Biogeography is a branch of biology that focuses its efforts on studying the geographic distribution of living organisms. The study is focused on habitation patterns as well as the various factors that could have been responsible for the current distribution of life we currently have on Earth. Biogeography also provides evidence for evolution through natural selection.
Earth is a dynamic planet. It is changing and it has changed throughout history. Continents move, new islands emerge, natural disasters happen, and so on. This dynamic environment forces species to adapt. They adapt to new environments, and they find new niches to be successful in. As the organism becomes better and better adapted to a particular environment and niche, the species may begin to change and differentiate itself from previous iterations or other similar organisms.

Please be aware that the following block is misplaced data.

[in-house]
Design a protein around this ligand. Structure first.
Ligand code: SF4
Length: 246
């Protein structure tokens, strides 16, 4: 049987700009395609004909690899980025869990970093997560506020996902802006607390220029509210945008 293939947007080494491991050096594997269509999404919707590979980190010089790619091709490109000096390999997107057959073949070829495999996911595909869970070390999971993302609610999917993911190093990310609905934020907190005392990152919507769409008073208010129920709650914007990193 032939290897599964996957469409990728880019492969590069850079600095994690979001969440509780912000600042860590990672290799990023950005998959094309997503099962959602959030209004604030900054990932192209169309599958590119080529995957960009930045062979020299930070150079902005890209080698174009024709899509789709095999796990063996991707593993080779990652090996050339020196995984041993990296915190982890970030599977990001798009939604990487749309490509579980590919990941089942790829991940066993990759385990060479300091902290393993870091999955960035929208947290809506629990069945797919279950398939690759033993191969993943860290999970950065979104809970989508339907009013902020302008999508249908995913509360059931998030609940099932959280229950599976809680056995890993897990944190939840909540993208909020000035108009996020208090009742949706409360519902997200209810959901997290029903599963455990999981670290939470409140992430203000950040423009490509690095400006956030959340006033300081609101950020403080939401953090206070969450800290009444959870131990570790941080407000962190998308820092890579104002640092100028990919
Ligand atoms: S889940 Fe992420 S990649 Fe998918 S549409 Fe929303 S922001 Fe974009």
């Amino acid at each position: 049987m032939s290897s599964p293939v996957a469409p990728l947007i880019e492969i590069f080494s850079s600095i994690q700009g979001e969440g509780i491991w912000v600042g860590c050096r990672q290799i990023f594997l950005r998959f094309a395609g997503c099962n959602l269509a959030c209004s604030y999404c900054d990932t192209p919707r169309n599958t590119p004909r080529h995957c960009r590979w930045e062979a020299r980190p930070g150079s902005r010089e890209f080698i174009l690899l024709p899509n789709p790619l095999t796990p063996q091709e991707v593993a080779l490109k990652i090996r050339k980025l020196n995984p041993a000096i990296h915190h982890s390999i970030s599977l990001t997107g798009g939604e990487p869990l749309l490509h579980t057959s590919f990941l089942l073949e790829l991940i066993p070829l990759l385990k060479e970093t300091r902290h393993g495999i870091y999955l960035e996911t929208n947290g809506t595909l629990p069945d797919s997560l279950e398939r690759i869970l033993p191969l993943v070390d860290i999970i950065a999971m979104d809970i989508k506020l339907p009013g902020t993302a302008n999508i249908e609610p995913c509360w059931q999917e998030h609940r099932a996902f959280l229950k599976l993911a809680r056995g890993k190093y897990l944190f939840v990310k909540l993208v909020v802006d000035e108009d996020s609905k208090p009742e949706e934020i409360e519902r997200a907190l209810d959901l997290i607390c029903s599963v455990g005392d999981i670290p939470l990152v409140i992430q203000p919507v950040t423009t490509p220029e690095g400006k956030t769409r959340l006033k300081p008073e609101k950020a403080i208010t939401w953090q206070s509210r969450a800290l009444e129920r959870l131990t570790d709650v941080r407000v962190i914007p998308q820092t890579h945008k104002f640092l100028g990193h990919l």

Biogeography helps track those kinds of changes based on geographical location. Probably one of the most famous examples that intertwines biogeography and evolution is Darwin's Galapagos finches. At some point in Earth's history, no birds existed on the islands. Finches were an absent species. Sometime after that, the first finch arrived on one of the islands. The islands are not identical to each other, so the birds adapted to the various niches and evolved to become the different species of finches that we see on the Galapagos islands.